Heifers are infrequently neutered, and the same verbal adjective is used for them as for cats or dogs; they are spayed heifers. This is a trickier operation than neutering a male and not much practiced. Occasionally, a naturally neutered heifer calf is born because she is the fraternal twin of a bull calf. This is a happening entirely unique to cattle, and the mechanism is not understood. Apparently the male hormones circulating in the mutually shared blood system of the cow and the calves effectively sterilizes the female, whereas the male is always normal. These sterile females are called freemartins, a term whose origin is lost and which has no other meaning. Freemartins are highly prized beef animals, tender and well marbled.

* * *

There is no record, no physical evidence, of how and precisely when and where Stone Age humans tamed and bred the aurochs. What is certain is that they did it very carefully because the aurochs was an animal nearly twice the size and many times the weight of the hugest modern cow. Worse, from Neolithic man's point of view, the aurochs had a reputation for fierceness equal to that of bears or lions. There are very few contemporary accounts of aurochs, and none of them encouraged getting close to the beast.

The once-well-known description of the aurochs is in Julius Caesar's Gallic Wars, where he mentions several unusual animals found only in the primordial forests of northern Europe and Britain. The aurochs was just such a curiosity; the animal was long since extinct anywhere south or east of modern Germany. It is also the only strange animal Caesar wrote about that actually existed, for Caesar was as gullible as the average tourist in the American West who believes in Jackalopes. This is Caesar's account of the aurochs:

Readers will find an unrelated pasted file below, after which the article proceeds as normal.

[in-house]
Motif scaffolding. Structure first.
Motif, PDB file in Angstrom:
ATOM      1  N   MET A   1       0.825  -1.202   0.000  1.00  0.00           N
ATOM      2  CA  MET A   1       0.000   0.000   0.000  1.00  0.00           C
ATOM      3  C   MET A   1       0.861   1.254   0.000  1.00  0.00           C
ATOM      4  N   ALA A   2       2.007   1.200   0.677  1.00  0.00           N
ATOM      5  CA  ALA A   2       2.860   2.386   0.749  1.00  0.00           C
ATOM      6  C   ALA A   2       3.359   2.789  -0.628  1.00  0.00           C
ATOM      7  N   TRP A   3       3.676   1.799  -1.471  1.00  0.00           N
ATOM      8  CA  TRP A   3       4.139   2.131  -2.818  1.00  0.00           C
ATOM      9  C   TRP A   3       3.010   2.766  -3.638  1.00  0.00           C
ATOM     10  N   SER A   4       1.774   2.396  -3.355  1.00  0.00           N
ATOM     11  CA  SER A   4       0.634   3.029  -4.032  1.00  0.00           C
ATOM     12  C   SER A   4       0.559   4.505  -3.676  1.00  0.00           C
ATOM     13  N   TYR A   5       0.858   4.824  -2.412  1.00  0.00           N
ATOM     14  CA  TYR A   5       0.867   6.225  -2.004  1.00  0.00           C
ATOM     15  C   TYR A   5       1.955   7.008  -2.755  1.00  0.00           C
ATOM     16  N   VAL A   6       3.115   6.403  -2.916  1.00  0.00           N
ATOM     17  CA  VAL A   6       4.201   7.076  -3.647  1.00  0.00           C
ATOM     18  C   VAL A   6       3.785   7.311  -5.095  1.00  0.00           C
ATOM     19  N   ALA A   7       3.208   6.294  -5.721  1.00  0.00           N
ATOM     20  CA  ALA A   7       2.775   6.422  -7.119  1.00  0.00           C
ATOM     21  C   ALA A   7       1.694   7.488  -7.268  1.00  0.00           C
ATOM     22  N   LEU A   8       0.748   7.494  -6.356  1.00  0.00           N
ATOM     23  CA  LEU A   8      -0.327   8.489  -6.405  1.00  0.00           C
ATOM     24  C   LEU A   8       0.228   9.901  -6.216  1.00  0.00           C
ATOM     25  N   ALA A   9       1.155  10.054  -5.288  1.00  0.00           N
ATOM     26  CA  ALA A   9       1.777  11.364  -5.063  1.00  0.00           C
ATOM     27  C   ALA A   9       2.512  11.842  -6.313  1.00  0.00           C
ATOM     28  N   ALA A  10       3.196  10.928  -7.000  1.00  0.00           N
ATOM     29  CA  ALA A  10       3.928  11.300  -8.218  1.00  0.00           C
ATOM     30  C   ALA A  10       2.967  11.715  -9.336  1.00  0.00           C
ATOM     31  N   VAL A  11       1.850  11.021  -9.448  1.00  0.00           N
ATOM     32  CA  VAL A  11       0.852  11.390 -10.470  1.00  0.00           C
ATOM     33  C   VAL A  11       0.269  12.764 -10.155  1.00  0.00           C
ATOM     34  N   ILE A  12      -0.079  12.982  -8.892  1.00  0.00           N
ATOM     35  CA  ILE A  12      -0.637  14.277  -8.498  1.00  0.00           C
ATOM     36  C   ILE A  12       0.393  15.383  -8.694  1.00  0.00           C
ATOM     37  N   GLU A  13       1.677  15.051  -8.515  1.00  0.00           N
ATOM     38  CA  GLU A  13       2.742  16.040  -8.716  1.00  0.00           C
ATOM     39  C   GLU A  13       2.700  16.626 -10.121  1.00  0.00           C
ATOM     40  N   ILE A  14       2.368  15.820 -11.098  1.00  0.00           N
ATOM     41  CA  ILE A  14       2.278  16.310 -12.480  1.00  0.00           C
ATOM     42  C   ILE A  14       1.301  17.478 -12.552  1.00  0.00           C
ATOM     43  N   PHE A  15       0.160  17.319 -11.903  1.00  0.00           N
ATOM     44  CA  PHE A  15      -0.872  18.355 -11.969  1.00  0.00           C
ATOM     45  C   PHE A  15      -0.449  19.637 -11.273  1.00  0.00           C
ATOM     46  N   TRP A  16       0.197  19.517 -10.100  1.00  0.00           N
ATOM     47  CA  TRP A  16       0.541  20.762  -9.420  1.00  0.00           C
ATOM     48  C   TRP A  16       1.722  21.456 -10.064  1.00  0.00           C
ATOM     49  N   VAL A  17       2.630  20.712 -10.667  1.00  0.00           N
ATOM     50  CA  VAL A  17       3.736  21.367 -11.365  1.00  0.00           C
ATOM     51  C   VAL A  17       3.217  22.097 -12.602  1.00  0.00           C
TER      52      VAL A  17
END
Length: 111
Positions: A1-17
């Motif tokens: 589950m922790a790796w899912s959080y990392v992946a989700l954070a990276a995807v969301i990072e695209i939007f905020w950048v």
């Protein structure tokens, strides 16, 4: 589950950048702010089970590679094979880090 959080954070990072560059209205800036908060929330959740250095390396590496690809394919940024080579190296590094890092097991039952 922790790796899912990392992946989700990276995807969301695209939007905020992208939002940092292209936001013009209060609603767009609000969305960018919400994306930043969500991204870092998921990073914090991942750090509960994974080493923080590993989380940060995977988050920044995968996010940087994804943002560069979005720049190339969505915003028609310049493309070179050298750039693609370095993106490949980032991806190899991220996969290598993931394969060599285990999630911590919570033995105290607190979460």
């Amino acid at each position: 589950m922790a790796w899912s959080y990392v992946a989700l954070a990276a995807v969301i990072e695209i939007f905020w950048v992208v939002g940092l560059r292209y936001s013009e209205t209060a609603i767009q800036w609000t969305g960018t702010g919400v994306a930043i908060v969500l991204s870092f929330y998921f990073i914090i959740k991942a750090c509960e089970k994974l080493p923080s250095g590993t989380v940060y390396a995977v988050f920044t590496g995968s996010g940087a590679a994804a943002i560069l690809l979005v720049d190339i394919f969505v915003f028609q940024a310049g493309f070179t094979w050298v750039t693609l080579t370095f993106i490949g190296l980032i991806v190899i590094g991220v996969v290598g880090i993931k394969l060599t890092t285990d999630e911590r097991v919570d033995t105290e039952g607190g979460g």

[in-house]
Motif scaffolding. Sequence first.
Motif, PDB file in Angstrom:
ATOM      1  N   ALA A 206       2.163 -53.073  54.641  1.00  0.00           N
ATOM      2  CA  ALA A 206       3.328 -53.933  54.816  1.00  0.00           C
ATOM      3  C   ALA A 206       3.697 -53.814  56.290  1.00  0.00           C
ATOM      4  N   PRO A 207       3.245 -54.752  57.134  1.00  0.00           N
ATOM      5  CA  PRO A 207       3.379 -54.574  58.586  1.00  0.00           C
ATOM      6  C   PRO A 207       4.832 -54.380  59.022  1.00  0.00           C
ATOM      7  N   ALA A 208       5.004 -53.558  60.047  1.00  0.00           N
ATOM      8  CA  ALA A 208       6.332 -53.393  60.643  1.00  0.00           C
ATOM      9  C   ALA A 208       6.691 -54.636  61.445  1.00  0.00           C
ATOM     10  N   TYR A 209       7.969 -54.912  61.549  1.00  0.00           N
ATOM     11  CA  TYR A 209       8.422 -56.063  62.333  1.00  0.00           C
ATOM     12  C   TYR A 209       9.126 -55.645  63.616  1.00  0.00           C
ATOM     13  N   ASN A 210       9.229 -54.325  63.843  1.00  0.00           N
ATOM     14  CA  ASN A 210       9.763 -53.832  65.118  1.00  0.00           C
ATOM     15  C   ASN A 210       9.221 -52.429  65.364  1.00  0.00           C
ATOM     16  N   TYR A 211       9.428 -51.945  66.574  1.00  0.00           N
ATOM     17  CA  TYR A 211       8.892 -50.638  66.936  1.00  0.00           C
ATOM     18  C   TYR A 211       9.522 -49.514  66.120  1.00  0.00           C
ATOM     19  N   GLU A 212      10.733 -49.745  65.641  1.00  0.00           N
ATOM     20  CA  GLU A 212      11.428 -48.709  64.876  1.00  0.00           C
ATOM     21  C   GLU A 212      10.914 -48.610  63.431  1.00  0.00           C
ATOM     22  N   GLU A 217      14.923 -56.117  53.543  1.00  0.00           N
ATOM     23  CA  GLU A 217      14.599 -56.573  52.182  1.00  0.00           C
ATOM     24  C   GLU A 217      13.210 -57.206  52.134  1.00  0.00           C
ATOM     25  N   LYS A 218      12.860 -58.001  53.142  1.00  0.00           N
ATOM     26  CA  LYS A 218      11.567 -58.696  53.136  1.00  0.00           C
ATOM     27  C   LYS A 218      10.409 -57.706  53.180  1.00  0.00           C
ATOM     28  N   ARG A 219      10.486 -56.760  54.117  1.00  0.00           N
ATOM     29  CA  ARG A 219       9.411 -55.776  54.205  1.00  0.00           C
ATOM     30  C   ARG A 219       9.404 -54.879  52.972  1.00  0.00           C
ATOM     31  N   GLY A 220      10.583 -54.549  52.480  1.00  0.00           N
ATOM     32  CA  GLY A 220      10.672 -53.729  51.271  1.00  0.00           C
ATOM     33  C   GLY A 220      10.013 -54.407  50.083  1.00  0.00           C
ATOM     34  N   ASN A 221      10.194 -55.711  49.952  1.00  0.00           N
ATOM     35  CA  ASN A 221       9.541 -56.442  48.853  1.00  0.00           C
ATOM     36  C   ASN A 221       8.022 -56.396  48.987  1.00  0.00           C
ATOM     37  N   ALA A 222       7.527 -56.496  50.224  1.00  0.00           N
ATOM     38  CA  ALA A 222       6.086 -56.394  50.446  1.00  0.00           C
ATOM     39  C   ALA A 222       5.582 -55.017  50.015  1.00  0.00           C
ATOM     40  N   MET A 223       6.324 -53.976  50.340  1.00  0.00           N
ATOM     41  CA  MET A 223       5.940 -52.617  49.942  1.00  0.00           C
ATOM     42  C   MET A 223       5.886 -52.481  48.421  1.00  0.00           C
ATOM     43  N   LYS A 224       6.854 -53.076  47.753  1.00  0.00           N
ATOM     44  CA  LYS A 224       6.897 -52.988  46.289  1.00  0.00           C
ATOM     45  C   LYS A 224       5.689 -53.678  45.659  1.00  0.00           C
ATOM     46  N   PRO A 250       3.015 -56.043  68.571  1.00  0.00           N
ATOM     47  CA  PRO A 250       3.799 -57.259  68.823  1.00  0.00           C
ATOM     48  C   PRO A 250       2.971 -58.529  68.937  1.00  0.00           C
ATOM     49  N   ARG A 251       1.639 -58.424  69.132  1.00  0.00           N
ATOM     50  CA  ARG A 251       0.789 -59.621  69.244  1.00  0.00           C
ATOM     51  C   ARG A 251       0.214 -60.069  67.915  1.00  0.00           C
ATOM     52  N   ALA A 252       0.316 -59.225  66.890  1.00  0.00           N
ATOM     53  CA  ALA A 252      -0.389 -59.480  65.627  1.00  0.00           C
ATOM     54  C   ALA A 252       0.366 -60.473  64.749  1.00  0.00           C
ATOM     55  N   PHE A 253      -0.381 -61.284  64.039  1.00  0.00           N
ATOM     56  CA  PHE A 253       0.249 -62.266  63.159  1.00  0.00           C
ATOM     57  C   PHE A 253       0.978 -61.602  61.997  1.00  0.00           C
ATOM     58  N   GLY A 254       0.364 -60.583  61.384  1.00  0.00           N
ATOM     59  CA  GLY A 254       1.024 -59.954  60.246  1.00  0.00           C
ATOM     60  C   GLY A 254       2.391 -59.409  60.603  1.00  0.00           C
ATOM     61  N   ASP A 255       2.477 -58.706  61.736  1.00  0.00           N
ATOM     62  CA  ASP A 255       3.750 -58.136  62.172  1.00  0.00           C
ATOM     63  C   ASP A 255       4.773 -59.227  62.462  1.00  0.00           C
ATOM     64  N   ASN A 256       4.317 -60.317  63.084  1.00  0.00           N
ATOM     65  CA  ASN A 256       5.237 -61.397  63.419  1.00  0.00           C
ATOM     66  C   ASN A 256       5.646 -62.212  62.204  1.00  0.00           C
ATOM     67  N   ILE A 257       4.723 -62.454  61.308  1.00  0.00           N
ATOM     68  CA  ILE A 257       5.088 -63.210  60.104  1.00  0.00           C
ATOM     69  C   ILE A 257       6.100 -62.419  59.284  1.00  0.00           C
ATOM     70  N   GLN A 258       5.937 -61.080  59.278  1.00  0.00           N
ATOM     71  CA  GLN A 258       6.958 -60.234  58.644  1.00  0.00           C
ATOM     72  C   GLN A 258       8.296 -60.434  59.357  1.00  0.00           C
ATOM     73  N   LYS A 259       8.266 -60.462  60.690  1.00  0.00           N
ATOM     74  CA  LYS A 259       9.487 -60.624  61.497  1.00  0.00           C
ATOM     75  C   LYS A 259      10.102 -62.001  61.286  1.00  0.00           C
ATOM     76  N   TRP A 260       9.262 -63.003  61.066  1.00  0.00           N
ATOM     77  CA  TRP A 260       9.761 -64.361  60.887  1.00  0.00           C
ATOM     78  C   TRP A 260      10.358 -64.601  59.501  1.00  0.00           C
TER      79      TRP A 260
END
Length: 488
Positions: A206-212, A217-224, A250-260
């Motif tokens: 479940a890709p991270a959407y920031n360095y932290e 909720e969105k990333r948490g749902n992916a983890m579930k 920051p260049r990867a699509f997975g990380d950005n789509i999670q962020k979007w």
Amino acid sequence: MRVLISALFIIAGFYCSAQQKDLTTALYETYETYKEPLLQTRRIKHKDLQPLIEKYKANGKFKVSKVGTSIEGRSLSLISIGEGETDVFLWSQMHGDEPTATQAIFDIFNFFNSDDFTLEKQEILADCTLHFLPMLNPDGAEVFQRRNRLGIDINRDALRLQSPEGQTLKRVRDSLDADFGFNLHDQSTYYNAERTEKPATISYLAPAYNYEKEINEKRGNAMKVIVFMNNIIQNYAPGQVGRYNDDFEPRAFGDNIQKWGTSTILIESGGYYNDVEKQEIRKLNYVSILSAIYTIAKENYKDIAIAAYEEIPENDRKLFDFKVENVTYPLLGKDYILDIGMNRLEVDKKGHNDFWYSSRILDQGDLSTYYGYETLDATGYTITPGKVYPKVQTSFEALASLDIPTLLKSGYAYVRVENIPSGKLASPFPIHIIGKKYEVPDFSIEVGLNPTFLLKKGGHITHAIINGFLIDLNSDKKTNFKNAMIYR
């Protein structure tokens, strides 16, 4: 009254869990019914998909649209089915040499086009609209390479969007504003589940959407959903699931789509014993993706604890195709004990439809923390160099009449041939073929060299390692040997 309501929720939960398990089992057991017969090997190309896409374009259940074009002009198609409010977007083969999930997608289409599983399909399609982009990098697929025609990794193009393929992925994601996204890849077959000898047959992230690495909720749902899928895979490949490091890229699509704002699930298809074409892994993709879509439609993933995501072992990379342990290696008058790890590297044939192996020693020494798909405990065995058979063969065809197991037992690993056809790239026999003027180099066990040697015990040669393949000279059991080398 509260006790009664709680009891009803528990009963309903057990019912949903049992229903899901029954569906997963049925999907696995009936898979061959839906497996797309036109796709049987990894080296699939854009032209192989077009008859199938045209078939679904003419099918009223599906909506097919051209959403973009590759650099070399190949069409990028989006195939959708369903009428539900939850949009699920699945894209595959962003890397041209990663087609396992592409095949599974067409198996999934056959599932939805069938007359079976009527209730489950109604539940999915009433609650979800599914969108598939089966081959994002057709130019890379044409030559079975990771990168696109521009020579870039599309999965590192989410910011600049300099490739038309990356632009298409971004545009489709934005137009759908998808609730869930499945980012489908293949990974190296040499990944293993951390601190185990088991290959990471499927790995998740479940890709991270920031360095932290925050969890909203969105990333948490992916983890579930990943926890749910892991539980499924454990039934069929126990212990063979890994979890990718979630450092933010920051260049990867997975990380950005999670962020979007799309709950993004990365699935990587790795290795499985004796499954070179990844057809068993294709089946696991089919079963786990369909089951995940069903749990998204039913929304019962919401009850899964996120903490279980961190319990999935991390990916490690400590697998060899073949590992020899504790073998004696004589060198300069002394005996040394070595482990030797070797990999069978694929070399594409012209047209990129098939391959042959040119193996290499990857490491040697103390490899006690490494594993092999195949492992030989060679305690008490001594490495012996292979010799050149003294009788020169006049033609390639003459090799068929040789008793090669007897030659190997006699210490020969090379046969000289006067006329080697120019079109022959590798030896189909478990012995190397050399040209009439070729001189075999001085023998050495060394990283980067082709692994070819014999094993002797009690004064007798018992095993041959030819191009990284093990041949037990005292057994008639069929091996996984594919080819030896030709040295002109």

In size these are somewhat smaller than elephants; in appearance, color, and shape they are as bulls. Great is their strength and great their speed, and they spare neither man nor beast once sighted. These the Germans slay zealously, by taking them in pits; by such work the young men harden themselves and by this kind of hunting train themselves, and those who have slain most of them bring the horns with them to a public place for a testimony thereof, and win great renown. But even if they are caught very young, the animals cannot be tamed or accustomed to human beings. In bulk, shape, and appearance their horns are very different from the horns of our own oxen. The natives collect them zealously and encase the edges with silver, and then at their grandest banquets use them as drinking cups.

Temperament aside (and exaggerating the ferocity of wild animals is a universal and continual human habit), the sheer size of the aboriginal aurochs militated against domestication. There are no examples of large, wild animals successfully domesticated-not even the "tame" Indian elephants used for logging in Asia. Those elephants were captured wild and young (being unwilling or unable to breed in captivity), and training them is one of the most dangerous of occupations. Circus elephants and such obviously dangerous animals as circus lions and tigers are not domesticated, but they have been behaviorally modified one by one. The offspring of the "tamest" tiger (or elephant), left to its own devices, will be as deadly as a perfectly wild animal. Dangerous performing animals require a regular and continual regimen of training and reinforcement.